"God is Spirit, and those who worship Him must worship in spirit and truth" (John 4:24).
Many people assume that God the Father, Jesus Christ the Son, and the Holy Spirit form what is commonly known as the Trinity. The doctrine of the Trinity is usually summed up as a belief in one God existing in three distinct but equal persons.
But did you realize that, even though it is a common assumption among many sincere religious people, the word Trinity does not appear anywhere in the Bible? In fact, the word Trinity did not come into common use as a religious term until centuries after the last books of the Bible were completed—long after the apostles of Christ were gone from the scene!
Notice this admission in the New Bible Dictionary:"The term 'Trinity' is not itself found in the Bible. It was first used by Tertullian at the close of the 2nd century, but received wide currency [common use in intellectual discussion] and formal elucidation [clarification] only in the 4th and 5th centuries"(1996, "Trinity").
That same source goes on to explain that "the formal doctrine of the Trinity was the result of several inadequate attempts to explain who and what the Christian God really is . . . To deal with these problems the Church Fathers met in [A.D.] 325 at the Council of Nicaea to set out an orthodox biblical definition concerning the divine identity." However, it wasn't until 381, "at the Council of Constantinople, [that] the divinity of the Spirit was affirmed" (ibid.).
We see, then, that the doctrine of the Trinity wasn't formalized until long after the Bible was completed and the apostles were long dead in their graves. It took later theologians centuries to sort out what they believed and to formulate belief in the Trinity!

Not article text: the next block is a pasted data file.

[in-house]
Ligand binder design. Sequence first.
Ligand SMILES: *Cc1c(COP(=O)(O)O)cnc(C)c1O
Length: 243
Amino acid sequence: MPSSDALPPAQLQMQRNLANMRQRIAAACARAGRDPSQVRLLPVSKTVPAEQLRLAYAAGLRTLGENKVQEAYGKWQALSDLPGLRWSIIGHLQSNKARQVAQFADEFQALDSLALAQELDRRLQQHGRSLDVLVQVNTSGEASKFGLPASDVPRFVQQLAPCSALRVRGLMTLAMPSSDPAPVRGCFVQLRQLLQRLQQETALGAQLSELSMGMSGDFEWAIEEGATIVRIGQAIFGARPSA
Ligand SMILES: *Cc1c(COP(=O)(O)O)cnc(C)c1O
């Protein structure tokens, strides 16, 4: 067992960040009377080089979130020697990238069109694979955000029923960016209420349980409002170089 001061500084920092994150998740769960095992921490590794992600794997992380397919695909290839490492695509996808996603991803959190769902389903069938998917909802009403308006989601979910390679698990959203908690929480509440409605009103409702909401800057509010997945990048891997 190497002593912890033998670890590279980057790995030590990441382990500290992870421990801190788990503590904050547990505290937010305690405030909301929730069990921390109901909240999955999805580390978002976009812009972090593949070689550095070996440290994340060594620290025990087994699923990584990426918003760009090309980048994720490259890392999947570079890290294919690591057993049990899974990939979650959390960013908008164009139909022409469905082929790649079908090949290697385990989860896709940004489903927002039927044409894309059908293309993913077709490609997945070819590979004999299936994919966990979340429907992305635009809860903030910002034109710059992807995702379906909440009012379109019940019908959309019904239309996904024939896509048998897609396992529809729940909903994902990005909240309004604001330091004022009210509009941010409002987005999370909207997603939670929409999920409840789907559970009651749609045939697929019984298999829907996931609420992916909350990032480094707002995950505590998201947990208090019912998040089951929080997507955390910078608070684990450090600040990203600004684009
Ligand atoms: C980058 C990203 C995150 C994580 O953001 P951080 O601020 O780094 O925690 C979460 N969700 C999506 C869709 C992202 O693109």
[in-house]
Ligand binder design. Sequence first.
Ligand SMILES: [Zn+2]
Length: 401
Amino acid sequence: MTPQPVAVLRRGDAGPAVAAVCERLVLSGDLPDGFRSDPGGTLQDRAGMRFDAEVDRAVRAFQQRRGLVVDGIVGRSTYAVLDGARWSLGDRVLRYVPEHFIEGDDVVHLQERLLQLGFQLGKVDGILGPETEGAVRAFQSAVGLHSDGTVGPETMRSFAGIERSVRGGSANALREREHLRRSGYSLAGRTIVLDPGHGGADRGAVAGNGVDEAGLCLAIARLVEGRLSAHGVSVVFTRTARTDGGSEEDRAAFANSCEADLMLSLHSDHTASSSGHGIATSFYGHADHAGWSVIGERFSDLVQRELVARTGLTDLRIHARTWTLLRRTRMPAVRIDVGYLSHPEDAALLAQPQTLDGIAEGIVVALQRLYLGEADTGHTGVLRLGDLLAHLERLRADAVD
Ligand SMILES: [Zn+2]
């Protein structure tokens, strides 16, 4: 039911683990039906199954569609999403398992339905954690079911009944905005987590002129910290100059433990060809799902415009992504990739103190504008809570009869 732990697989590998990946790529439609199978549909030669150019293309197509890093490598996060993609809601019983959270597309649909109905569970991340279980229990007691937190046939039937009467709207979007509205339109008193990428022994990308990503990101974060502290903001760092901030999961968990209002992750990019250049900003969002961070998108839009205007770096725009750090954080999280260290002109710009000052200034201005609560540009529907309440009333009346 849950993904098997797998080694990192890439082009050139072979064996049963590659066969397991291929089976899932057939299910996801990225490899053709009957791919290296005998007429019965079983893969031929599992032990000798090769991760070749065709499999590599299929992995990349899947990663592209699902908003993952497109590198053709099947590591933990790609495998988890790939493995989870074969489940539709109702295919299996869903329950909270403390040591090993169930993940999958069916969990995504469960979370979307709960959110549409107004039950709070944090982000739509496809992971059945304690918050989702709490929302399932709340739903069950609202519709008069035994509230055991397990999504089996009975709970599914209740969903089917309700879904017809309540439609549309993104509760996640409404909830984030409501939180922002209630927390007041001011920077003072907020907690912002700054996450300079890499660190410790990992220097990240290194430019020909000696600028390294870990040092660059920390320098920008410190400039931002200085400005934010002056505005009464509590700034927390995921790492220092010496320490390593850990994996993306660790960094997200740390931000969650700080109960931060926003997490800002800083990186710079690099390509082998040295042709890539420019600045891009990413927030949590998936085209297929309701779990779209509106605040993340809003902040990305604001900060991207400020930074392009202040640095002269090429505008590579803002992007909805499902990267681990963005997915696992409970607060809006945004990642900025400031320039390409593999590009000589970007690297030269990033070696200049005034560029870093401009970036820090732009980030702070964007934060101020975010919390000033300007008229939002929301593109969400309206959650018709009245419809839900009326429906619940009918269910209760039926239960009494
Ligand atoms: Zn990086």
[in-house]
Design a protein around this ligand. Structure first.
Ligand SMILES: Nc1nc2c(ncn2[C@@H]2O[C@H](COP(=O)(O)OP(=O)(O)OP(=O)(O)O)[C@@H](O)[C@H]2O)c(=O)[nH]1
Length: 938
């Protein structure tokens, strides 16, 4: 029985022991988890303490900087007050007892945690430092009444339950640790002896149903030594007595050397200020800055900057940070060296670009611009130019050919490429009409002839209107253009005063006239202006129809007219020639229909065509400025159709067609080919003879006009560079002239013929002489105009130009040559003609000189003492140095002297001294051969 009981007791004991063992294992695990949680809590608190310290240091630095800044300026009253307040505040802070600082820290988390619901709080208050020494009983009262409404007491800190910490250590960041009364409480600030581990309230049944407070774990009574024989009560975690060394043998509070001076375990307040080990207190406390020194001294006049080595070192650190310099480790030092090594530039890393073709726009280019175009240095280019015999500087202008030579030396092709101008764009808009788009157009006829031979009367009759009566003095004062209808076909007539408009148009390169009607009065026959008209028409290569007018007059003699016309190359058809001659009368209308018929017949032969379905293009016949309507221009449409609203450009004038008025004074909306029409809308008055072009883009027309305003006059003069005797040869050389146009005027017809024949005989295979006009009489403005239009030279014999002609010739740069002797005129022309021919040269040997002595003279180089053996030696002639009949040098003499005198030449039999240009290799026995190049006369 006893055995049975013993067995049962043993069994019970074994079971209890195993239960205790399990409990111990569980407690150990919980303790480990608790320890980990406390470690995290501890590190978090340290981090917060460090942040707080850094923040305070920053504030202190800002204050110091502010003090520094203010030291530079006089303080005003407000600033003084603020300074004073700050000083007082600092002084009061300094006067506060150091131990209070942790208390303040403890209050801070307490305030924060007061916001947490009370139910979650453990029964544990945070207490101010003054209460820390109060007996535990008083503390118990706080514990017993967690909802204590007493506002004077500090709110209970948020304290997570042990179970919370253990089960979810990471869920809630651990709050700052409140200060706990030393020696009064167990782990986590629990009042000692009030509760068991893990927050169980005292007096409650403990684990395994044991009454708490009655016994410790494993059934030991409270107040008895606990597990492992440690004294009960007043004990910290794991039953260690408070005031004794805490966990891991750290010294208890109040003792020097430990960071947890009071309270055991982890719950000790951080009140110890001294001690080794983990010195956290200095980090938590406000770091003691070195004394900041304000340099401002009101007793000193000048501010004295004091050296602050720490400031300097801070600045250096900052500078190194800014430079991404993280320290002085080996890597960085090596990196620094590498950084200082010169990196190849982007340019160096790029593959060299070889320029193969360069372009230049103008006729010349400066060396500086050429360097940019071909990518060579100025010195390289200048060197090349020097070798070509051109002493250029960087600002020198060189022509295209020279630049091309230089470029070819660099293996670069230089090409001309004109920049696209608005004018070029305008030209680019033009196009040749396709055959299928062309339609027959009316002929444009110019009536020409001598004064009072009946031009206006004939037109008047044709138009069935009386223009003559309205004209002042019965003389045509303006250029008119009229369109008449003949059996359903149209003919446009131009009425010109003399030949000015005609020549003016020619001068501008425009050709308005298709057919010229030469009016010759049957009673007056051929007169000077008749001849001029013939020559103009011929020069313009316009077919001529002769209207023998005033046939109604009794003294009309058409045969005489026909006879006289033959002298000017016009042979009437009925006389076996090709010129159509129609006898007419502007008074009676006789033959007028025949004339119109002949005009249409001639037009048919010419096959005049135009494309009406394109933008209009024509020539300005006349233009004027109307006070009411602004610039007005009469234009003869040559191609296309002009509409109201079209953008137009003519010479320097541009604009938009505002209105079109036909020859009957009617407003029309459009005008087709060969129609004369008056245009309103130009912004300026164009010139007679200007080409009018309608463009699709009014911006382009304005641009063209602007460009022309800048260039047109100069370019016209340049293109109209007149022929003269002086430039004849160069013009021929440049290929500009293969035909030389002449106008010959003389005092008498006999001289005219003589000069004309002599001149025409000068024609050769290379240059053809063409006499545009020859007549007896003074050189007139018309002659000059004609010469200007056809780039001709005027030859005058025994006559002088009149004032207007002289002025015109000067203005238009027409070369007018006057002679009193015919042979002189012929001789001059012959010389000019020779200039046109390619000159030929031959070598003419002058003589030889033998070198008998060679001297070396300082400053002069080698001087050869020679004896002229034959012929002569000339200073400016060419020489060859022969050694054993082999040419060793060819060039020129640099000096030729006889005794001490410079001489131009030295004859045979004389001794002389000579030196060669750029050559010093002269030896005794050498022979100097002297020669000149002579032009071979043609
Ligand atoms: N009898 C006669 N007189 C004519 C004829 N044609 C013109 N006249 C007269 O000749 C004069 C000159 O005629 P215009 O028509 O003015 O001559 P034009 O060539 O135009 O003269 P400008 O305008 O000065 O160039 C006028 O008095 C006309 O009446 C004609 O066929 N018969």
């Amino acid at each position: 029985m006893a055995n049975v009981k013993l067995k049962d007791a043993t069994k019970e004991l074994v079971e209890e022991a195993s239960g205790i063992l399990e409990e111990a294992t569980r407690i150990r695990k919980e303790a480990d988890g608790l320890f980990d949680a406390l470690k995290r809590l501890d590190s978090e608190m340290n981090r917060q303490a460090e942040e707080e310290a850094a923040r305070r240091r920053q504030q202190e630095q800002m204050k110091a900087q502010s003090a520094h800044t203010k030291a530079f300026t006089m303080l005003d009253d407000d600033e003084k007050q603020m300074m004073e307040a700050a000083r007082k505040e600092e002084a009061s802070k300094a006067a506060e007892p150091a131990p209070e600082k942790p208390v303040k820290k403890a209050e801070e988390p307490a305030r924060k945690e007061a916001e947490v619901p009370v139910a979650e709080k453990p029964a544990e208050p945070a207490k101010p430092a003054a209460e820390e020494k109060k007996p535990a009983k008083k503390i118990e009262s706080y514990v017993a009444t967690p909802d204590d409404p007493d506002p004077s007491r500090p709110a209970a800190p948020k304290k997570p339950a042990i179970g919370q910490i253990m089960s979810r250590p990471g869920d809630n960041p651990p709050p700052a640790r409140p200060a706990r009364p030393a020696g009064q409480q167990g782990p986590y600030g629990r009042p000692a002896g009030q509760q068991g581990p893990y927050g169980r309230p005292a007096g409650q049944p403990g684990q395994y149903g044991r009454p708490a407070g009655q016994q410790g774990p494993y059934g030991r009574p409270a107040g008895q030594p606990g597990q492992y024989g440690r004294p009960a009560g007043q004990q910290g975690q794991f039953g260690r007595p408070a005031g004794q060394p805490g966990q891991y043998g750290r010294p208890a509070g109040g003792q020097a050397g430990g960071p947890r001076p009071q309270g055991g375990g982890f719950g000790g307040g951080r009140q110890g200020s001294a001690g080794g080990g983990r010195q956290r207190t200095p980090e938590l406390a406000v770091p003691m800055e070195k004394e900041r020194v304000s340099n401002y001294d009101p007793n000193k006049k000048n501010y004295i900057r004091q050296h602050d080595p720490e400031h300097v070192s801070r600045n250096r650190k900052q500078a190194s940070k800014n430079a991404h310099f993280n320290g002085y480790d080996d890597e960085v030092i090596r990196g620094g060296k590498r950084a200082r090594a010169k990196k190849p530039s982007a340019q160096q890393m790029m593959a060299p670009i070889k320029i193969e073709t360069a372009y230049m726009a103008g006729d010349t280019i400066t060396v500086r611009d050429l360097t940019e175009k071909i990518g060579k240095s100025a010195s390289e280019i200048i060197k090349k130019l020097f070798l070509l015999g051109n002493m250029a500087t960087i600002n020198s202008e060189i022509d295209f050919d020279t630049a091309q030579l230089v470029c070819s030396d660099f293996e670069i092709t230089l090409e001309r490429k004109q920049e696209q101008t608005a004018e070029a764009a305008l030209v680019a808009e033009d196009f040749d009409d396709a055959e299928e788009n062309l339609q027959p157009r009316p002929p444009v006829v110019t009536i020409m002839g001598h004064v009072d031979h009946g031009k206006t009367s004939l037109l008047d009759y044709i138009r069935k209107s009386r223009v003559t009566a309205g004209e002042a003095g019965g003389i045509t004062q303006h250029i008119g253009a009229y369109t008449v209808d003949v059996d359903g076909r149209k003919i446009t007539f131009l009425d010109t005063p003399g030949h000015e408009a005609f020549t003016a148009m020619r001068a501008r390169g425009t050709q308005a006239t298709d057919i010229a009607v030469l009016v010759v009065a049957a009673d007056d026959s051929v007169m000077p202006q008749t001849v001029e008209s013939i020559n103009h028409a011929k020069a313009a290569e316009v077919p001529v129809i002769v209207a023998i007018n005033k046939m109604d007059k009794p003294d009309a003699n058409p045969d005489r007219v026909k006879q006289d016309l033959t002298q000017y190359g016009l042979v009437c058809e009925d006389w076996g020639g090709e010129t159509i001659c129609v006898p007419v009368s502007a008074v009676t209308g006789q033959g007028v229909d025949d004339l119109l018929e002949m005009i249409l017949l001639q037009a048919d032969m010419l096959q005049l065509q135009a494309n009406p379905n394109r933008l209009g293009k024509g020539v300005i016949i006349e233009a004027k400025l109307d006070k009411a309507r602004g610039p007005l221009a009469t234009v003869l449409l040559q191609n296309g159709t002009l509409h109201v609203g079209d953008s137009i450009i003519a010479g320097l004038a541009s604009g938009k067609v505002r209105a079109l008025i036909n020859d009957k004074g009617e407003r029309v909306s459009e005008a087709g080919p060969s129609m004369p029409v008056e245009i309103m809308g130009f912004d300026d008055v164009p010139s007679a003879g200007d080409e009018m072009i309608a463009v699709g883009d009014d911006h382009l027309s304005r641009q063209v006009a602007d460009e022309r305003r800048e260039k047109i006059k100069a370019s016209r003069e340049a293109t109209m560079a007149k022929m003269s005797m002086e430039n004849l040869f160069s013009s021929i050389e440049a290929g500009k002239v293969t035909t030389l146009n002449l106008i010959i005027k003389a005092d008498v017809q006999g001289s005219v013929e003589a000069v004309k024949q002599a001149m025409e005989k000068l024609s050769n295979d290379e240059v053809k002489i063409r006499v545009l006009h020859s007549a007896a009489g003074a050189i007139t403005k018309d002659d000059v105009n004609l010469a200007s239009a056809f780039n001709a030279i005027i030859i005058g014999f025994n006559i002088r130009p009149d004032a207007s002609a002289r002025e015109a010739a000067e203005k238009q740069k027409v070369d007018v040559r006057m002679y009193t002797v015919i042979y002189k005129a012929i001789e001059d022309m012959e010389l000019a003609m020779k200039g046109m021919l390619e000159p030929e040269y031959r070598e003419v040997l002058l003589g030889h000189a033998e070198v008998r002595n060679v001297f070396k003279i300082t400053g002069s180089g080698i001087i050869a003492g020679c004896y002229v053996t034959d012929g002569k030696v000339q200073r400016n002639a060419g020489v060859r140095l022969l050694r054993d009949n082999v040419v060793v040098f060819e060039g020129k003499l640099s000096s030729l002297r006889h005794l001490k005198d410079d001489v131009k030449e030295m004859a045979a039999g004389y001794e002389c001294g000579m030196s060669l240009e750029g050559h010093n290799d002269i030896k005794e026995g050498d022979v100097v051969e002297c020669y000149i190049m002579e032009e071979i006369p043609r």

Why can't theologians explain this doctrine?
By no means are theologians' explanations of the Trinity doctrine clear. Religious writer A.W. Tozer, in his book The Knowledge of the Holy, states that the Trinity is an "incomprehensible mystery" and that attempts to understand it "must remain forever futile." He admits that churches, "without pretending to understand," have nevertheless continued to teach this doctrine (1961, pp. 17-18).
He then remarkably concludes, "The fact that it cannot be satisfactorily explained, instead of being against it, is in its favor" (p. 23).
The New Unger's Bible Dictionary, in its article on the Trinity, concedes that the Trinitarian concept is humanly incomprehensible: "It is admitted by all who thoughtfully deal with this subject that the Scripture revelation here leads us into the presence of a deep mystery; and that all human attempts at expression are of necessity imperfect" (1988, p. 1308).
Cyril Richardson, professor of church history at New York's Union Theological Seminary, though a dedicated Trinitarian himself, said this in his book The Doctrine of The Trinity:
"My conclusion, then, about the doctrine of the Trinity is that it is an artificial construct . . . It produces confusion rather than clarification; and while the problems with which it deals are real ones, the solutions it offers are not illuminating. It has posed for many Christians dark and mysterious statements, which are ultimately meaningless, because it does not sufficiently discriminate in its use of terms" (1958, pp. 148-149).
He also admitted, "Much of the defense of the Trinity as a 'revealed' doctrine, is really an evasion of the objections that can be brought against it" (p. 16).
A Dictionary of Religious Knowledge states regarding the Trinity, "Precisely what that doctrine is, or rather precisely how it is to be explained, Trinitarians are not agreed among themselves" (Lyman Abbott, editor, 1885, "Trinitarians").
Why do even those who believe in the Trinity find it so difficult to explain?
The answer is simple yet shocking: It's because the Bible does not teach it! One cannot prove or explain something from the Bible that is not biblical! The Bible is our only reliable source of divine revelation. And the truth, as we will see, is that the Trinity concept simply is not part of God's revelation to humankind.